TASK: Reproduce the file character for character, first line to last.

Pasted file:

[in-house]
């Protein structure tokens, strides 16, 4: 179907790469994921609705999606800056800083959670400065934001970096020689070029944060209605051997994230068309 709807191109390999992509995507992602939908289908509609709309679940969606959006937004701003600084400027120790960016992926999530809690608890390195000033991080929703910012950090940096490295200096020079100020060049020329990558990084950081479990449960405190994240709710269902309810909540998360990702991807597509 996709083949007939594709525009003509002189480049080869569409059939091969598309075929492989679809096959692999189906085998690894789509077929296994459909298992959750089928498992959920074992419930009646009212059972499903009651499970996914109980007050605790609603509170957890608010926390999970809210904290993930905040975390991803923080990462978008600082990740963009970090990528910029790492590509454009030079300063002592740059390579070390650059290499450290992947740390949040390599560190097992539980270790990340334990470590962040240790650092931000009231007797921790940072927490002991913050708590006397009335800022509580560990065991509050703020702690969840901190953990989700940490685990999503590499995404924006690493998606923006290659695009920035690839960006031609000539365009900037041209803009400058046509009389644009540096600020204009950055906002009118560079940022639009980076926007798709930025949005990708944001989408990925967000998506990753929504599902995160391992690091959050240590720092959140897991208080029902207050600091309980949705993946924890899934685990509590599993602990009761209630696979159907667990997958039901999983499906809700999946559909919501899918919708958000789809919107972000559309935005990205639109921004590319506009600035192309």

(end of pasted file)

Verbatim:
[in-house]
């Protein structure tokens, strides 16, 4: 179907790469994921609705999606800056800083959670400065934001970096020689070029944060209605051997994230068309 709807191109390999992509995507992602939908289908509609709309679940969606959006937004701003600084400027120790960016992926999530809690608890390195000033991080929703910012950090940096490295200096020079100020060049020329990558990084950081479990449960405190994240709710269902309810909540998360990702991807597509 996709083949007939594709525009003509002189480049080869569409059939091969598309075929492989679809096959692999189906085998690894789509077929296994459909298992959750089928498992959920074992419930009646009212059972499903009651499970996914109980007050605790609603509170957890608010926390999970809210904290993930905040975390991803923080990462978008600082990740963009970090990528910029790492590509454009030079300063002592740059390579070390650059290499450290992947740390949040390599560190097992539980270790990340334990470590962040240790650092931000009231007797921790940072927490002991913050708590006397009335800022509580560990065991509050703020702690969840901190953990989700940490685990999503590499995404924006690493998606923006290659695009920035690839960006031609000539365009900037041209803009400058046509009389644009540096600020204009950055906002009118560079940022639009980076926007798709930025949005990708944001989408990925967000998506990753929504599902995160391992690091959050240590720092959140897991208080029902207050600091309980949705993946924890899934685990509590599993602990009761209630696979159907667990997958039901999983499906809700999946559909919501899918919708958000789809919107972000559309935005990205639109921004590319506009600035192309």